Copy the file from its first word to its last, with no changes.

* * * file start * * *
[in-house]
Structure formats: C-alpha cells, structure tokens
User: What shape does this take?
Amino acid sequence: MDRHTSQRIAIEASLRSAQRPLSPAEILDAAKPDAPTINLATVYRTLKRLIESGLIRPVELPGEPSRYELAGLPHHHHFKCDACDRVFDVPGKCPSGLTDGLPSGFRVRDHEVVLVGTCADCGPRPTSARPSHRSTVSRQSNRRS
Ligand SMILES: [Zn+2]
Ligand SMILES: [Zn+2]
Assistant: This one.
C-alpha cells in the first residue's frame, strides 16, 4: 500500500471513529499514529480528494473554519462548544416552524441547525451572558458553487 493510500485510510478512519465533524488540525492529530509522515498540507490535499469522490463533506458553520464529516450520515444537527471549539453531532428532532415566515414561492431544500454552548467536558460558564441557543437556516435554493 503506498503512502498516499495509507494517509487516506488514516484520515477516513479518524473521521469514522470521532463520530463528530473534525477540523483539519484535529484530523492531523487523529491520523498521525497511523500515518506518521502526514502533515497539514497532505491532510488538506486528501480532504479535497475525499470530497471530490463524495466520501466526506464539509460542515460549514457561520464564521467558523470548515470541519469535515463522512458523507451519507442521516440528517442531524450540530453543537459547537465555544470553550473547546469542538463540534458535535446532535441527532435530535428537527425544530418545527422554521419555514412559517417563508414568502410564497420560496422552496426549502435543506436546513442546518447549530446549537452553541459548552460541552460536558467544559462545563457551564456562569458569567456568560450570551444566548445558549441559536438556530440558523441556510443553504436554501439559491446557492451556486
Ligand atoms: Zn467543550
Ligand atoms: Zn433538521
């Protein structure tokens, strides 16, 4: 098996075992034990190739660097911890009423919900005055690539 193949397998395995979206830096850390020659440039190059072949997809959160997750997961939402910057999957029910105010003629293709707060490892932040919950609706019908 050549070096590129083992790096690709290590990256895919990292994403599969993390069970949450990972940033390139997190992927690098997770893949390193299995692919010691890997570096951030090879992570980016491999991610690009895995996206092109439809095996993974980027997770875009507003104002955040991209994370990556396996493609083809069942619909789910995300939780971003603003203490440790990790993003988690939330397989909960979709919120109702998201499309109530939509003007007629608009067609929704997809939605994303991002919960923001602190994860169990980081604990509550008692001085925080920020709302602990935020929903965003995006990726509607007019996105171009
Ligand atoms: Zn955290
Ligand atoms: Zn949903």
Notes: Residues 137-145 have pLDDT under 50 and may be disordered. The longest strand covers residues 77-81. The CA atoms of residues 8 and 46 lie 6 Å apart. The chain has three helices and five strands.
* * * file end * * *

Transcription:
[in-house]
Structure formats: C-alpha cells, structure tokens
User: What shape does this take?
Amino acid sequence: MDRHTSQRIAIEASLRSAQRPLSPAEILDAAKPDAPTINLATVYRTLKRLIESGLIRPVELPGEPSRYELAGLPHHHHFKCDACDRVFDVPGKCPSGLTDGLPSGFRVRDHEVVLVGTCADCGPRPTSARPSHRSTVSRQSNRRS
Ligand SMILES: [Zn+2]
Ligand SMILES: [Zn+2]
Assistant: This one.
C-alpha cells in the first residue's frame, strides 16, 4: 500500500471513529499514529480528494473554519462548544416552524441547525451572558458553487 493510500485510510478512519465533524488540525492529530509522515498540507490535499469522490463533506458553520464529516450520515444537527471549539453531532428532532415566515414561492431544500454552548467536558460558564441557543437556516435554493 503506498503512502498516499495509507494517509487516506488514516484520515477516513479518524473521521469514522470521532463520530463528530473534525477540523483539519484535529484530523492531523487523529491520523498521525497511523500515518506518521502526514502533515497539514497532505491532510488538506486528501480532504479535497475525499470530497471530490463524495466520501466526506464539509460542515460549514457561520464564521467558523470548515470541519469535515463522512458523507451519507442521516440528517442531524450540530453543537459547537465555544470553550473547546469542538463540534458535535446532535441527532435530535428537527425544530418545527422554521419555514412559517417563508414568502410564497420560496422552496426549502435543506436546513442546518447549530446549537452553541459548552460541552460536558467544559462545563457551564456562569458569567456568560450570551444566548445558549441559536438556530440558523441556510443553504436554501439559491446557492451556486
Ligand atoms: Zn467543550
Ligand atoms: Zn433538521
């Protein structure tokens, strides 16, 4: 098996075992034990190739660097911890009423919900005055690539 193949397998395995979206830096850390020659440039190059072949997809959160997750997961939402910057999957029910105010003629293709707060490892932040919950609706019908 050549070096590129083992790096690709290590990256895919990292994403599969993390069970949450990972940033390139997190992927690098997770893949390193299995692919010691890997570096951030090879992570980016491999991610690009895995996206092109439809095996993974980027997770875009507003104002955040991209994370990556396996493609083809069942619909789910995300939780971003603003203490440790990790993003988690939330397989909960979709919120109702998201499309109530939509003007007629608009067609929704997809939605994303991002919960923001602190994860169990980081604990509550008692001085925080920020709302602990935020929903965003995006990726509607007019996105171009
Ligand atoms: Zn955290
Ligand atoms: Zn949903």
Notes: Residues 137-145 have pLDDT under 50 and may be disordered. The longest strand covers residues 77-81. The CA atoms of residues 8 and 46 lie 6 Å apart. The chain has three helices and five strands.